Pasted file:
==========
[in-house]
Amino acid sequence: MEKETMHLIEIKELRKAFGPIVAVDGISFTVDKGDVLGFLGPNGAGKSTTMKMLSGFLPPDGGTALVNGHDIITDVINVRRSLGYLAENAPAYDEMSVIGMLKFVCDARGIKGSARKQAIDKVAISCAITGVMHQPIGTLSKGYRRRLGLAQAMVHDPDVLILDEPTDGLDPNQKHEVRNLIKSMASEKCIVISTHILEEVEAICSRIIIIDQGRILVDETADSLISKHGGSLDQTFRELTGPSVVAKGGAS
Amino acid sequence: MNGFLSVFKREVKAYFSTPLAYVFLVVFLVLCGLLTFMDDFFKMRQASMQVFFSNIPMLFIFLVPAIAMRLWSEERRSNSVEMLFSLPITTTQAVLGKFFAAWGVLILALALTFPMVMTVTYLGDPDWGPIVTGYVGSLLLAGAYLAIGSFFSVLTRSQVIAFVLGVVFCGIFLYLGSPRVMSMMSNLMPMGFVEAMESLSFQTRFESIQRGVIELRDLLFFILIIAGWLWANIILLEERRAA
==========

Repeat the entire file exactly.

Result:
[in-house]
Amino acid sequence: MEKETMHLIEIKELRKAFGPIVAVDGISFTVDKGDVLGFLGPNGAGKSTTMKMLSGFLPPDGGTALVNGHDIITDVINVRRSLGYLAENAPAYDEMSVIGMLKFVCDARGIKGSARKQAIDKVAISCAITGVMHQPIGTLSKGYRRRLGLAQAMVHDPDVLILDEPTDGLDPNQKHEVRNLIKSMASEKCIVISTHILEEVEAICSRIIIIDQGRILVDETADSLISKHGGSLDQTFRELTGPSVVAKGGAS
Amino acid sequence: MNGFLSVFKREVKAYFSTPLAYVFLVVFLVLCGLLTFMDDFFKMRQASMQVFFSNIPMLFIFLVPAIAMRLWSEERRSNSVEMLFSLPITTTQAVLGKFFAAWGVLILALALTFPMVMTVTYLGDPDWGPIVTGYVGSLLLAGAYLAIGSFFSVLTRSQVIAFVLGVVFCGIFLYLGSPRVMSMMSNLMPMGFVEAMESLSFQTRFESIQRGVIELRDLLFFILIIAGWLWANIILLEERRAA